But What Does the Wife Think?

With the stem pointing proudly forward and the bottom boards in their proper place, my boat is finally taking a distinct boat-like shape. Suddenly, my family—which has left me to work in isolation for the past month–is taking notice of my work. Now that there’s something to look at, they actually seek me out and comment on my progress. Their response is a mixture genuine interest (the children) and vague alarm (that’s my wife).

Grounds for divorce?

Grounds for divorce?

Let’s focus on my wife. Hilary is the most wonderful, the dearest person on earth. When I announced on that fatal winter day that I was going to build a boat and sail from a yet undecided Point A to Point B, she didn’t flinch. She knew it was important to me, a long smoldering dream, and she told me I should do it. I could have kissed her, and I probably did.

But wifely concern for my happiness does not imply a personal endorsement of my work. She is the first to admit that sailing is my dream, not hers. She has no experience sailing, and doesn’t dream of physical escape, as I do—as many men do, I think. She thinks sailing is dangerous and, therefore, somewhat frightening. People go out and don’t come back. “It’s a guy thing,” she once theorized.

This puts a small hint of tension in our conversations about sailing. Knowing each other’s feelings, we tread lightly when approaching the subject, and often simply avoid it altogether. Discussions often happen indirectly, as they did a few nights ago when we were both reading in bed, as we often do.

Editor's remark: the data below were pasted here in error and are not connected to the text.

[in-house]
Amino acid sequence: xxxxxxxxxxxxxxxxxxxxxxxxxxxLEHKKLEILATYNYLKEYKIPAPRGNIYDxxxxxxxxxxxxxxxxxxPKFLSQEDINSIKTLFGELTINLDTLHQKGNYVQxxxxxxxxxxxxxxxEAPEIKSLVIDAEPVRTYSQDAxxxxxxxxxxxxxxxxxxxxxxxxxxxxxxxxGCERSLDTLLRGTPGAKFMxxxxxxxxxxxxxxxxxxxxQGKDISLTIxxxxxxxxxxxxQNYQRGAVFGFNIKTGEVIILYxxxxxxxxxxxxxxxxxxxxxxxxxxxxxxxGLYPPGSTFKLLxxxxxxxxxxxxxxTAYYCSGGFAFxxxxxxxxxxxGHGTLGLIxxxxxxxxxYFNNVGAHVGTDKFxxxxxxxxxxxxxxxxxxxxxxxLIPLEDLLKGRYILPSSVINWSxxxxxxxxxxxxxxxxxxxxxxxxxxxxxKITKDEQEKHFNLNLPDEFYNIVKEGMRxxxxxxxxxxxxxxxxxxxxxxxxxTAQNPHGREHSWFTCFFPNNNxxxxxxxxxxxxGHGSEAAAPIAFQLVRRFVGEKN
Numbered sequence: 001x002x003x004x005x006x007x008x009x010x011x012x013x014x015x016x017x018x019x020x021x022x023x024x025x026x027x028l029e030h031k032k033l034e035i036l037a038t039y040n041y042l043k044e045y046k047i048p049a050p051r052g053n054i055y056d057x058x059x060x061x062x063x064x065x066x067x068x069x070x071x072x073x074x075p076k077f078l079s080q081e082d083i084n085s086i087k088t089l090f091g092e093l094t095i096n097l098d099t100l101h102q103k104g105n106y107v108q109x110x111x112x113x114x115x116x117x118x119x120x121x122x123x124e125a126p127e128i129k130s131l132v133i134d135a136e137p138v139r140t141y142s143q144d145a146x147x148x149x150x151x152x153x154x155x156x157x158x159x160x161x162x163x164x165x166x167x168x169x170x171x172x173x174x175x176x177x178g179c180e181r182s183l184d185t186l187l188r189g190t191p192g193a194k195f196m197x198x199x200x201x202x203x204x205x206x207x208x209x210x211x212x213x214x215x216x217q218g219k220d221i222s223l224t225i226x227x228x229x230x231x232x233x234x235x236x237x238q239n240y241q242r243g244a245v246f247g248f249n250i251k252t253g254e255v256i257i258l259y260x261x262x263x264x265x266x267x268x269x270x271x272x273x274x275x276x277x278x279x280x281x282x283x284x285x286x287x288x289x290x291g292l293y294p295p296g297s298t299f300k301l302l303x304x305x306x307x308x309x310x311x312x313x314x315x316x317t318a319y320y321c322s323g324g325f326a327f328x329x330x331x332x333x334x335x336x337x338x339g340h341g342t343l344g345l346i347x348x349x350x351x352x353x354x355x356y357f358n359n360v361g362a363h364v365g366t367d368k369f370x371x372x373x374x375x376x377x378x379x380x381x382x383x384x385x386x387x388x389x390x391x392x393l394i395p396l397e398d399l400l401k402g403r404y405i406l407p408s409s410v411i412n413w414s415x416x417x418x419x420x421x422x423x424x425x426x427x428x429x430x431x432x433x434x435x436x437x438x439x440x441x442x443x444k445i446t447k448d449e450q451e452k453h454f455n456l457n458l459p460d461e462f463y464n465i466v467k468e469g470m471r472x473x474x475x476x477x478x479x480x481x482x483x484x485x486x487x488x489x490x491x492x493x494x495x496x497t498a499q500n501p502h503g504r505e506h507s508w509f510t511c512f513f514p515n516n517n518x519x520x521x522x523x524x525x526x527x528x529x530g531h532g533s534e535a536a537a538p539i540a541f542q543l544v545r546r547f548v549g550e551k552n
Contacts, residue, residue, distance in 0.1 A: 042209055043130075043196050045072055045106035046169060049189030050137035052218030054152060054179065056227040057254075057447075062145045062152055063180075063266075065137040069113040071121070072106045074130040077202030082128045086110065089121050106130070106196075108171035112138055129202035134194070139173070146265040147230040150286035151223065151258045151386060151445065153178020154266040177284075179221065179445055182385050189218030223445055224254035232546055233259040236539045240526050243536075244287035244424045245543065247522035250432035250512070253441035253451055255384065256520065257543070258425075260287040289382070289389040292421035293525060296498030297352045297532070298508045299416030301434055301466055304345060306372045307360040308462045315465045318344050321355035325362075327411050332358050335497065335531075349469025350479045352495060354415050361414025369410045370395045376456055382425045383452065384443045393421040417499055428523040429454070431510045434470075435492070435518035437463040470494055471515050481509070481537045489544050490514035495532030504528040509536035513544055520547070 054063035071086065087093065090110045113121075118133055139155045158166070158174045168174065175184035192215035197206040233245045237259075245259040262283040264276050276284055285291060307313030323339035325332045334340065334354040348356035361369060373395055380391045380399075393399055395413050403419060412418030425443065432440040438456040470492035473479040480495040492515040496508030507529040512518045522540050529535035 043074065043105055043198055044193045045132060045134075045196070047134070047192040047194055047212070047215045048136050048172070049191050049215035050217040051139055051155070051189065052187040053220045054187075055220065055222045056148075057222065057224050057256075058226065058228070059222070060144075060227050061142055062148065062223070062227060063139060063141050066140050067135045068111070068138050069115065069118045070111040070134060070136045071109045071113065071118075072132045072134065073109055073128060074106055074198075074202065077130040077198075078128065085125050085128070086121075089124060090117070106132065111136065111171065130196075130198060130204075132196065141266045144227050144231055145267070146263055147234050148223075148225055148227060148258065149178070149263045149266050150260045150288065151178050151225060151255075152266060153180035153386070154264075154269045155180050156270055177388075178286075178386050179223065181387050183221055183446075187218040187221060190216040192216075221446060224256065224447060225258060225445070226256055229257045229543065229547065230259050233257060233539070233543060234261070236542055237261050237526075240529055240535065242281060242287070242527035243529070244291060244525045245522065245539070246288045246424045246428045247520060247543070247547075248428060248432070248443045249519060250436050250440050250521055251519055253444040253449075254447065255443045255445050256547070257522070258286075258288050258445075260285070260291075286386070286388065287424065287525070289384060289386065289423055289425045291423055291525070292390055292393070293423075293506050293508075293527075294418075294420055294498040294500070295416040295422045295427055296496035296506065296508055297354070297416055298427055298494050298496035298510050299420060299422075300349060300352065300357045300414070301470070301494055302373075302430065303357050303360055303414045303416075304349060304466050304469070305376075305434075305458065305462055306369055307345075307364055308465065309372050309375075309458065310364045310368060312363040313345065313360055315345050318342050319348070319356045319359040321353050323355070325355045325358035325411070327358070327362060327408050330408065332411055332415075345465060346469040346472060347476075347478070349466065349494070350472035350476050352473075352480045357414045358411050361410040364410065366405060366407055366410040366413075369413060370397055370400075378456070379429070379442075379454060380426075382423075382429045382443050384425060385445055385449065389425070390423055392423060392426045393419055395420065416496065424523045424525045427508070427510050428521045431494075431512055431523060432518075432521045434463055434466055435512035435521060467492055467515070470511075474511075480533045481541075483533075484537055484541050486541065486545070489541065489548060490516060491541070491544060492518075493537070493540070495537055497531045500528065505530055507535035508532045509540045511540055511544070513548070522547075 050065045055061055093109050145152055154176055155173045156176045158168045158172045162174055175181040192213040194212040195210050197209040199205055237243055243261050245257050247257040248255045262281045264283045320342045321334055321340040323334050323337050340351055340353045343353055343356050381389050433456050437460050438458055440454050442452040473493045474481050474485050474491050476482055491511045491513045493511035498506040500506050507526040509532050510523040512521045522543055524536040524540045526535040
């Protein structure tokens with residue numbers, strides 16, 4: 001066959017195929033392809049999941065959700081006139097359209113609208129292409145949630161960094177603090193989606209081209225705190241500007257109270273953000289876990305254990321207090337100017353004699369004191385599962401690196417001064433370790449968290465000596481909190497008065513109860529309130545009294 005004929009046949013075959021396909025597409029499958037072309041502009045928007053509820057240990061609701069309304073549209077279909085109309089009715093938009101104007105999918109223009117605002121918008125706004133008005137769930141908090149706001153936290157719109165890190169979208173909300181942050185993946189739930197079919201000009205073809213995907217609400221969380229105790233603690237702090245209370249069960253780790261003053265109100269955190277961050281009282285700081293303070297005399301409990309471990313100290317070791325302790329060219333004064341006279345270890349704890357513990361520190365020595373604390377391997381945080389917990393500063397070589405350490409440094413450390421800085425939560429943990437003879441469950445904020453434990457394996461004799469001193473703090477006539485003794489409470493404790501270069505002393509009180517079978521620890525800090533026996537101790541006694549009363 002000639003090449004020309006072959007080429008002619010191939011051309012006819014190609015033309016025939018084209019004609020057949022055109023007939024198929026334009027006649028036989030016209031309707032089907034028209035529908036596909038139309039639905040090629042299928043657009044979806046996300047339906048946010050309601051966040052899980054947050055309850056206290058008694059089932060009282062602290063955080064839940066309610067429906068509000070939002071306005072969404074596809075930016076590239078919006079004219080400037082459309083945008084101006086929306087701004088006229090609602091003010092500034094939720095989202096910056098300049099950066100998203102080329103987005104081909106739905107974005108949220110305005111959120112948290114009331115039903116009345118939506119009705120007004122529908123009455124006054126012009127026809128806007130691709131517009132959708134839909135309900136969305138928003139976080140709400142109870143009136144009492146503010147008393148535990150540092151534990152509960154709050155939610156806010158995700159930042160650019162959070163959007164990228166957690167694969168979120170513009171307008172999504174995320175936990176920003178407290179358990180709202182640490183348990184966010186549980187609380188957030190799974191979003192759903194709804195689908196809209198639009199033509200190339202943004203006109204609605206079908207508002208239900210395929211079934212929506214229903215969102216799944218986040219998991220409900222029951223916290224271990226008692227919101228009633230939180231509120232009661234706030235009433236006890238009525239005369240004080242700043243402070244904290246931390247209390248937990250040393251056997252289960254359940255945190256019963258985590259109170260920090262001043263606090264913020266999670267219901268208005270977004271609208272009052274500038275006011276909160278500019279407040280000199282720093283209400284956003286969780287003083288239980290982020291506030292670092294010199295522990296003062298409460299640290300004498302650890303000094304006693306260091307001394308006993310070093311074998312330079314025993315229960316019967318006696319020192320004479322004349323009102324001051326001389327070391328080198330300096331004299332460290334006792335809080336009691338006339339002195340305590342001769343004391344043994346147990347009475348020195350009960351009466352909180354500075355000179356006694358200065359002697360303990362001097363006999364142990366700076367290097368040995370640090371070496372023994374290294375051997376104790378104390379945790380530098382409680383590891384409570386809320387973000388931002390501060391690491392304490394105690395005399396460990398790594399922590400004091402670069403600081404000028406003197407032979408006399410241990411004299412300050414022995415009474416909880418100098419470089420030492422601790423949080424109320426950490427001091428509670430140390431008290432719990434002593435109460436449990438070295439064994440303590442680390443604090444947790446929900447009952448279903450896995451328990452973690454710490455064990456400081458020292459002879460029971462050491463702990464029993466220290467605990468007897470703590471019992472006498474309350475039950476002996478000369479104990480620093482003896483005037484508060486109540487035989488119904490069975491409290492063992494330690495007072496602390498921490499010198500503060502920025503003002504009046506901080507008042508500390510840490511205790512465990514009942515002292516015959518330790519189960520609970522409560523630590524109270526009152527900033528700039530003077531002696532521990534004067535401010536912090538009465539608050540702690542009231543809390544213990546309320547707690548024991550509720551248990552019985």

I’m working my way through yet another sailing adventure (I can’t get enough of them), while Hilary is reading Getting Stoned With Cannibals—an odd choice for a woman who is wearing a sensible flannel nightgown and reading glasses. But it’s a very funny account of a young American family living in Fiji by the travel writer J. Maarten Troost. He’s not a sailor, but he meets a lot of sailors while living in the South Pacific (as you might expect). A surprising number are voyaging around the world as families. They arrive at Fiji’s port, drop anchor and discharge happy and self confident children who immediately befriend the local kids and play on the waterfront.

Looking longingly at their carefree, self contained lives he suggests to his wife that they buy a sailboat and embark on their own Pacific cruise.

But she cuts him short. “Not with this wife,” she announces.

Hilary reads this passage out loud, and laughs at the punch line. “Not with this wife,” she repeats.

I laugh, too. Then I pause and, against my better judgment, add, “What is it about the women?”

Hilary puts her book down and looks at me over the top of her reading glasses. “What is it about the men?” she amends.

Typical, I think, trying to deflect blame back on the innocent men. “But it’s always the women who don’t want to sail,” I reasonably observe.

“It’s always the men who do,” she counters.

“But what’s wrong with sailing?” I protest. “It’s exciting. It’s an adventure. It’s fun.”